Sara Plumbly, Head of Christie’s Islamic Department, says: “The results demonstrate renewed strength in the market for Islamic and Indian art. In a busy saleroom, with many bidding online and on the telephones, high prices were achieved across the category. We were particularly delighted with the price achieved for a rare Iznik bowl which sold for a record £1.43 million. Elsewhere in the sale strong results were achieved across a variety of media, notably manuscripts where a khamsa, copied for Muhammad Shah Bahadur, the son of Baysunghur sold for £266,500 ($447,180).
“Mughal jade and gem-set objects were also a highlight,” she continues. “The jade pendant which was also the earliest known dated Mughal jade, sold for an amazing £290,500 ($487,459). The quality of the jade and the extremely fine calligraphy suggested possibly royal patronage and excited the numerous bidders who competed in the room and on the telephones for the piece.
“We were also delighted to welcome a number of new buyers to the category.”
Arts and Textiles of the Islamic and Indian Worlds in South Kensington, meanwhile, spanned the 9th to 21st century and offered a diverse array of works from across the spectrum of the category. Islamic calligraphy was particularly well represented with examples of fine nasta’liq script from Iran, Turkey and India, some of which are signed by renowned masters of the 16th to the 18th century.
The sale realised a total of £1.35 million ($2.26 million), with the top lot being a painting from Iran of a Safavid youth with his dog, circa 1620-1630 selling for £25,000 ($41,925), well over a pre-sale estimate of £3,000-5,000 ($5,085-8,390). The portrait exemplifies the elegance of 17th century Persian painting through a delicate and vivid portrait. The brightly dressed young boy stands and looks gently at the small white dog at his feet as he holds a gold cup and bottle in his hands.
Commenting on the three sales, William Robinson, International Head of Islamic and Indian Art, says: “Christie’s consistent success in the London week of Islamic Art sales was underpinned by rare and beautiful works with strong provenance sourced from private collections. A celebration of creativity and technical excellence from the Islamic and Indian worlds encompassing works of art, carpets and rugs and manuscripts, the works offered throughout the sales at both King Street and South Kensington drew competitive international bidding across media, periods and price levels.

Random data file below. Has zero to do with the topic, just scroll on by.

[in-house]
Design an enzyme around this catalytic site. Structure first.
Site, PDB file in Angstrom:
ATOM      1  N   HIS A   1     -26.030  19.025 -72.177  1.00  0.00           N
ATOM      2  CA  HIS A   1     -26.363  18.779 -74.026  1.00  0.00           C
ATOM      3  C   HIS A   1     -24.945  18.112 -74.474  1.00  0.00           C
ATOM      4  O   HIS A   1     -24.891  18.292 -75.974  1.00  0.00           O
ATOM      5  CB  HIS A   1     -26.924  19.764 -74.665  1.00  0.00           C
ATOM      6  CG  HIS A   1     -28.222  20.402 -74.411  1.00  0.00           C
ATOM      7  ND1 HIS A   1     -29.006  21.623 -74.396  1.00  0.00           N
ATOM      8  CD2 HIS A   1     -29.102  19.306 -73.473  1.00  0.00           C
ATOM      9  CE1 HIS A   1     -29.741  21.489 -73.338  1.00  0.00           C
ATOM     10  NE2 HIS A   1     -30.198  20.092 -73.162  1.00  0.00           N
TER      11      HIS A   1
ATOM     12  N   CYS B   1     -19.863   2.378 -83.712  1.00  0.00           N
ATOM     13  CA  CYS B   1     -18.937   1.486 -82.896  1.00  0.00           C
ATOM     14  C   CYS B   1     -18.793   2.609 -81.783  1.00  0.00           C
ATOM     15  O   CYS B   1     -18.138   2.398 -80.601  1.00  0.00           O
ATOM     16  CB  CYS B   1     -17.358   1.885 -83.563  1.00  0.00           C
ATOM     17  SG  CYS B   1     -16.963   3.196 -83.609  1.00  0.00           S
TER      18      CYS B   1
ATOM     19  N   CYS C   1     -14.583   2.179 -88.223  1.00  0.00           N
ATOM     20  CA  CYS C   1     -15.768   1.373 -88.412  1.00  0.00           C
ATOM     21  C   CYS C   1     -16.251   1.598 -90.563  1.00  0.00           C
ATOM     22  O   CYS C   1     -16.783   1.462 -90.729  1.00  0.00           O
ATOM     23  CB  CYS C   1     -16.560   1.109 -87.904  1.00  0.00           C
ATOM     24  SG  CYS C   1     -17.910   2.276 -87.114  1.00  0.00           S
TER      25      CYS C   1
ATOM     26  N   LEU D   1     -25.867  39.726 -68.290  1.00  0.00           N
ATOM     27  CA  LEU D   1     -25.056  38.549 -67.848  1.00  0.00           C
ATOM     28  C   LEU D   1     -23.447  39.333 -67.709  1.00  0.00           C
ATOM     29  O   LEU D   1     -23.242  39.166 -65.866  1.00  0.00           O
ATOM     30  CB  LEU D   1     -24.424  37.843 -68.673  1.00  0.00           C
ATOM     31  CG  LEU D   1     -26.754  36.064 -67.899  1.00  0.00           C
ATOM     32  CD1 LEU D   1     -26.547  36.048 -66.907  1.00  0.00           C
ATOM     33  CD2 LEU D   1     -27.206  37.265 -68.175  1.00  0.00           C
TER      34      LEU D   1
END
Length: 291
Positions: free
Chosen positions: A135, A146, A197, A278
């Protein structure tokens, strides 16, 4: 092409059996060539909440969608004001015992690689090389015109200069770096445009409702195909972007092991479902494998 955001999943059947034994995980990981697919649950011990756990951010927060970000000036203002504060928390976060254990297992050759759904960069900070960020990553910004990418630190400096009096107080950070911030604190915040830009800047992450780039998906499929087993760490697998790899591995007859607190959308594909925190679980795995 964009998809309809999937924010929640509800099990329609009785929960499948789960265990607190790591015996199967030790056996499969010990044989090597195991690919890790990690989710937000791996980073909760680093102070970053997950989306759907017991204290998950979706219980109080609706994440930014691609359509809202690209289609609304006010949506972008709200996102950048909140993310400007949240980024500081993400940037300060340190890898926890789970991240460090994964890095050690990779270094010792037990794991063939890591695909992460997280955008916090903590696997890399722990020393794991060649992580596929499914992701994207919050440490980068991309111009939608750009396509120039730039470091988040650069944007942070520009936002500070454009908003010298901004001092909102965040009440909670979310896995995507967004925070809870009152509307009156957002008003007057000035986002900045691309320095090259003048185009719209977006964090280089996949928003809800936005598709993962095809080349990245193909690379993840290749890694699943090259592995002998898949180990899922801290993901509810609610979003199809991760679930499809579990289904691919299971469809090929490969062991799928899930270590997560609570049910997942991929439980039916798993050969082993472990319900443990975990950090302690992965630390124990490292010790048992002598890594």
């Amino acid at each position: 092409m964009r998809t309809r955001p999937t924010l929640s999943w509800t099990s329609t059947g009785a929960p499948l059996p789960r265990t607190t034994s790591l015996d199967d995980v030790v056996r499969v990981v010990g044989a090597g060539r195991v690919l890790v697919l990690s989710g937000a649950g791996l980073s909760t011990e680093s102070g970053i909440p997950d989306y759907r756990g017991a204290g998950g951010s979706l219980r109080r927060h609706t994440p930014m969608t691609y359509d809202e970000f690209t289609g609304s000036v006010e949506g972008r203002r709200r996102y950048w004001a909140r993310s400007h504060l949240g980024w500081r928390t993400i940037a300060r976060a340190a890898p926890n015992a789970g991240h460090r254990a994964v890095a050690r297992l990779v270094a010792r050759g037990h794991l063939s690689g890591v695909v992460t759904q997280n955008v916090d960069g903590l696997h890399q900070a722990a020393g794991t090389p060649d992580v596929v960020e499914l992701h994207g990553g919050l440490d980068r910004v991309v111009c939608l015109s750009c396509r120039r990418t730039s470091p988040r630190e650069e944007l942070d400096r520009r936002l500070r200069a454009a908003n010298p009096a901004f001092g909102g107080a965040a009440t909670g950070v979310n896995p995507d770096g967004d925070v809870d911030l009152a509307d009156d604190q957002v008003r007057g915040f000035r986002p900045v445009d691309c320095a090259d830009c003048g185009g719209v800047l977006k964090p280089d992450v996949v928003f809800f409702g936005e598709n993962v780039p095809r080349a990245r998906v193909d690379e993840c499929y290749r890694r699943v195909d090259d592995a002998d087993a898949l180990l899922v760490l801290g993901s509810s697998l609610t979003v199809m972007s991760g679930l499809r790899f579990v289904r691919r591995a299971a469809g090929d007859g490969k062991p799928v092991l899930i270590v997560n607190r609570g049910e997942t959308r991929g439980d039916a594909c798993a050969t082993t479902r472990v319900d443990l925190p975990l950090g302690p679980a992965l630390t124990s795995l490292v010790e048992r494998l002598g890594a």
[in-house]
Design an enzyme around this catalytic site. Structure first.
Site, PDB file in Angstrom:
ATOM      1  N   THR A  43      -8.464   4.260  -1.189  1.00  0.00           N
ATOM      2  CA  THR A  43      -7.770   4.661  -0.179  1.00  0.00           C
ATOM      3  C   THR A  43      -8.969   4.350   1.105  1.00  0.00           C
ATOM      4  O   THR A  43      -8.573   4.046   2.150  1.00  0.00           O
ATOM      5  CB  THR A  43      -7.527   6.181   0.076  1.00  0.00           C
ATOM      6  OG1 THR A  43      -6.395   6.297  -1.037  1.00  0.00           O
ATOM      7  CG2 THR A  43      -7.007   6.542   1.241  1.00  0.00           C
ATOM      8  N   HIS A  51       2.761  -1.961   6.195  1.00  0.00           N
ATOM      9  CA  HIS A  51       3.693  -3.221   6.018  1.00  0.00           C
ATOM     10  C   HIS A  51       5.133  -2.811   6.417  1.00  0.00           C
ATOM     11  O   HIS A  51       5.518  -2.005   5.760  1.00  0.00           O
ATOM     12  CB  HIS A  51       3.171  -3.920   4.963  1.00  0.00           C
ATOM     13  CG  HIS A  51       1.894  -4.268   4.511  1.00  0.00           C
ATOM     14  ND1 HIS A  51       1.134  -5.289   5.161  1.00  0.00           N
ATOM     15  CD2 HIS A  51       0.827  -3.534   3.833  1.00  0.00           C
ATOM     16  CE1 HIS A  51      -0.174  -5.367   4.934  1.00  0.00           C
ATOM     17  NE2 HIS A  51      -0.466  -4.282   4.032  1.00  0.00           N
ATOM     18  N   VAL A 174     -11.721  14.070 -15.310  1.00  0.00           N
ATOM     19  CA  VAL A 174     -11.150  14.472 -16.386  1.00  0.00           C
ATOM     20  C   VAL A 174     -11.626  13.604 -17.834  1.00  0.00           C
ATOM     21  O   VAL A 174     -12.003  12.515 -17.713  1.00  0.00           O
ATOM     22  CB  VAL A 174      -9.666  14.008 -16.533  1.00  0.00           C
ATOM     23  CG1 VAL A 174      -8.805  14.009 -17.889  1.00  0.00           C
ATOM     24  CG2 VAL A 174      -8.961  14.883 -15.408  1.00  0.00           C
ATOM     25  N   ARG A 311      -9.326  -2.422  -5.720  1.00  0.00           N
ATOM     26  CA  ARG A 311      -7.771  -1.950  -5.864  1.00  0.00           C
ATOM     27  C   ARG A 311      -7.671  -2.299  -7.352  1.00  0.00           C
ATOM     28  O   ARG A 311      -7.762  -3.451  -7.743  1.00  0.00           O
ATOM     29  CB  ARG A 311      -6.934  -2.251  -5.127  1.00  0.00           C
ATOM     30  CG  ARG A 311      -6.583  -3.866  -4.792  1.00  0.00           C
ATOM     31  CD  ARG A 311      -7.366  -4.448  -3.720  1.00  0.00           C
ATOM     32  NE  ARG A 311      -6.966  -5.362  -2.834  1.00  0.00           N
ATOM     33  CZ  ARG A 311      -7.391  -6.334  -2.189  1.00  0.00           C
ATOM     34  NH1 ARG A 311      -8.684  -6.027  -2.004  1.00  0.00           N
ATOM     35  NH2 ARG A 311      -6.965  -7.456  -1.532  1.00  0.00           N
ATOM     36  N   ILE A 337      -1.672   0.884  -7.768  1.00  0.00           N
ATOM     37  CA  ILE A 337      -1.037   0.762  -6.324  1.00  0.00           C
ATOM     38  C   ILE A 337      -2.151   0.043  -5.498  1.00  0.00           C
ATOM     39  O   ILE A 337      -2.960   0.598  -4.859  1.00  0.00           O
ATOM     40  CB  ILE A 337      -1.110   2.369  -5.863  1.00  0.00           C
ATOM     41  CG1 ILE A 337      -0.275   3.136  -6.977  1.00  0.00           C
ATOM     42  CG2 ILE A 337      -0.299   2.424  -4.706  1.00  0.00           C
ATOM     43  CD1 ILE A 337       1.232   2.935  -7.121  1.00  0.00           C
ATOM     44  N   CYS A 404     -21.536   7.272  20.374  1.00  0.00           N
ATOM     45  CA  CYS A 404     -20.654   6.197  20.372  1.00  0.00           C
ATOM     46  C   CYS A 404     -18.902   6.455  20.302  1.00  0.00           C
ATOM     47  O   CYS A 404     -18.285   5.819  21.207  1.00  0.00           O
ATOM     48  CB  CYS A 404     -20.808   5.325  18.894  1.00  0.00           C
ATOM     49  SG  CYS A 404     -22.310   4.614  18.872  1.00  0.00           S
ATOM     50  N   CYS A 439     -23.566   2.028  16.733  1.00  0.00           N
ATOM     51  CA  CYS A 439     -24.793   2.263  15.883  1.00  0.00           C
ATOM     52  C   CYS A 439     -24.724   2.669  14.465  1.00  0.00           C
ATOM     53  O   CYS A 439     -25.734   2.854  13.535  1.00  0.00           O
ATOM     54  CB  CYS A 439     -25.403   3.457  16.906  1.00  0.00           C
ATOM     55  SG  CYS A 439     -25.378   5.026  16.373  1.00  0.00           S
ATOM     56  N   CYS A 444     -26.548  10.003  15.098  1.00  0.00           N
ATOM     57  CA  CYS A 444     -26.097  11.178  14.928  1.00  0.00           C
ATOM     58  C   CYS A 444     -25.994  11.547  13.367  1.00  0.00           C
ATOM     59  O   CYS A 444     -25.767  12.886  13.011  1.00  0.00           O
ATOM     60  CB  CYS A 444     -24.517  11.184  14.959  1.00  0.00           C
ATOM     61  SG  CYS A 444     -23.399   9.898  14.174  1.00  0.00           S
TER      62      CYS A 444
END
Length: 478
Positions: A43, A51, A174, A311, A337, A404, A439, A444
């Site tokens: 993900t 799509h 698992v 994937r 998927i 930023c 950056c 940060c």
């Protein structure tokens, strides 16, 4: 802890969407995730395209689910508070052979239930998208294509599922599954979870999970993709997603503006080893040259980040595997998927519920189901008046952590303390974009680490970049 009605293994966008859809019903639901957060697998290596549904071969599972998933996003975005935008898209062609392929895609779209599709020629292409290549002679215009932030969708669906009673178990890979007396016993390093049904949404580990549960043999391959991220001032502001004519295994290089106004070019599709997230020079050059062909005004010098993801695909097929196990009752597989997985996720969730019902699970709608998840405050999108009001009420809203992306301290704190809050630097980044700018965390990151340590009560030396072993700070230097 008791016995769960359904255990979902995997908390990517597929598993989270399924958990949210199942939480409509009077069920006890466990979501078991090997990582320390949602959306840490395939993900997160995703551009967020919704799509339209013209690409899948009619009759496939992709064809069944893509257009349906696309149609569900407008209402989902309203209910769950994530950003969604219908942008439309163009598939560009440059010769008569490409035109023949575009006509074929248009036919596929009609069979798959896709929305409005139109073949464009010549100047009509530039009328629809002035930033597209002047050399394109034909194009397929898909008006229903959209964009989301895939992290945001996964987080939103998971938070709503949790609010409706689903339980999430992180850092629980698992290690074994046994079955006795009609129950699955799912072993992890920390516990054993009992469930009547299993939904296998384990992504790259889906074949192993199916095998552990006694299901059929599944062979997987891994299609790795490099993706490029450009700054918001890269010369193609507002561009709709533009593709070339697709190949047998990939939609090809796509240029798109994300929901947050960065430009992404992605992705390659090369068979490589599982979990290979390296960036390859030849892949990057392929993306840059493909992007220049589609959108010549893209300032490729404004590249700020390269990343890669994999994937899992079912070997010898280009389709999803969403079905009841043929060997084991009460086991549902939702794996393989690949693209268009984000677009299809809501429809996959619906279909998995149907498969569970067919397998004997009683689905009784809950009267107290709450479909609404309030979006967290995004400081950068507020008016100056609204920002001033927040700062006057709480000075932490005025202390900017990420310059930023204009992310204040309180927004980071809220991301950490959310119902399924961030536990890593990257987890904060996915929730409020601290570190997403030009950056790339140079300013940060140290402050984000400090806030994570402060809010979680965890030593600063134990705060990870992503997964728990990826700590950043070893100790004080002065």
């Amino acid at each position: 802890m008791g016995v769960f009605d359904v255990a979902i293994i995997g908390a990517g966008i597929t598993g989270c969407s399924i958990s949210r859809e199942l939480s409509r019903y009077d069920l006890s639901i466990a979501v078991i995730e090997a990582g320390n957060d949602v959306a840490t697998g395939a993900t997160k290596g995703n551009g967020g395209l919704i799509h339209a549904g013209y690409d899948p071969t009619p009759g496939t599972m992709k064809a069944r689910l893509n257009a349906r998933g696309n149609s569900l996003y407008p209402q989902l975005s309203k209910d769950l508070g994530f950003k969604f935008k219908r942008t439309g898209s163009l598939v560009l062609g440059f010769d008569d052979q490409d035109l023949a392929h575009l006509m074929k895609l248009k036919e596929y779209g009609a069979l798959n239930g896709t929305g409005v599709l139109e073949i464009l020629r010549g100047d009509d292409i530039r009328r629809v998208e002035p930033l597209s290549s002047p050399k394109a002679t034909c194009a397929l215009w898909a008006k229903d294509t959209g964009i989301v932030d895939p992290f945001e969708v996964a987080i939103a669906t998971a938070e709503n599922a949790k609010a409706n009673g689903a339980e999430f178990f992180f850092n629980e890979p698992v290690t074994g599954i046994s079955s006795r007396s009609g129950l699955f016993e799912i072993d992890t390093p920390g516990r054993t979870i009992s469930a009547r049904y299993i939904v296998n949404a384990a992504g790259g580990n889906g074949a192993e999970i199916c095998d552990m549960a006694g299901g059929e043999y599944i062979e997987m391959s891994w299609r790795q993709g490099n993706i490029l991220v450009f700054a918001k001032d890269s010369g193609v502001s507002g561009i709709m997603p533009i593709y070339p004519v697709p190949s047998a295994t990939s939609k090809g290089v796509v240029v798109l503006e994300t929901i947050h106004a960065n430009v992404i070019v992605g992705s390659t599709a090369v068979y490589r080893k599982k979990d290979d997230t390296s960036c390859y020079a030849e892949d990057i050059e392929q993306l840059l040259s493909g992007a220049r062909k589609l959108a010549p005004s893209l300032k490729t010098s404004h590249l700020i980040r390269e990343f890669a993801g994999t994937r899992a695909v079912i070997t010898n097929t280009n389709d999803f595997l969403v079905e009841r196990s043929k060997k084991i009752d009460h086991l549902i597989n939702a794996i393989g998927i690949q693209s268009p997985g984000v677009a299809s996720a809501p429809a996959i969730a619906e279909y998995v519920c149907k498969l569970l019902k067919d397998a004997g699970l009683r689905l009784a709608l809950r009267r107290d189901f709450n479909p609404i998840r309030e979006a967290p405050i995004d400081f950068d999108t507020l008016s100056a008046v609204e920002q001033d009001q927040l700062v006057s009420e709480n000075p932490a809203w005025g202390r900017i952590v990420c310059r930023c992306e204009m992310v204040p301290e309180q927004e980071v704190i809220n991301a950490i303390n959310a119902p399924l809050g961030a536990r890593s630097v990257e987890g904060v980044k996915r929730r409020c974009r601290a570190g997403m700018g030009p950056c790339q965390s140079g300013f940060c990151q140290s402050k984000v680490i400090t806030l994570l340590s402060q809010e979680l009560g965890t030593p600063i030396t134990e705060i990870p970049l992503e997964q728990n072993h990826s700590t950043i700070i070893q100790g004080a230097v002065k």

A welcome development was that those new to the field at Christie’s accounted for a considerable proportion of the bidding in the sales, joining the busy salerooms in person, competing on the telephones or online. We were particularly delighted with the strong result achieved in the Carpets sale which indicates a renewed vigour in this collectors’ market.”
Meanwhile, Christie’s auction of Modern and Contemporary Arab, Iranian and Turkish Art which was held in Dubai in March to coincide with Dubai Art Week, saw art enthusiasts compete for 140 works which sold for a total of $10.65 million, an increase of 65 per cent on last year’s sale total of $6.38 million.
The Pharos Collection of Modern Egyptian Art, expected to sell for around $1.4 million, made $3.89 million while the top lot of the sale, also from the collection, was Abdul Hadi El-Gazzar’s (1925-1965) Construction of the Suez Canal which sold for $1.02 million, a new world auction record for the Egyptian artist. The masterpiece was estimated at $100,000-150,000.
Among other highlights, Mahmoud Saïd’s (Egyptian, 1897-1964) Haguer painting, which was estimated at $150,000-200,000, sold for $663,750 while Ali Banisadr’s Black 3, with an estimate of $120,000-180,000 sold for $339,750, setting a record for the Iranian contemporary artist.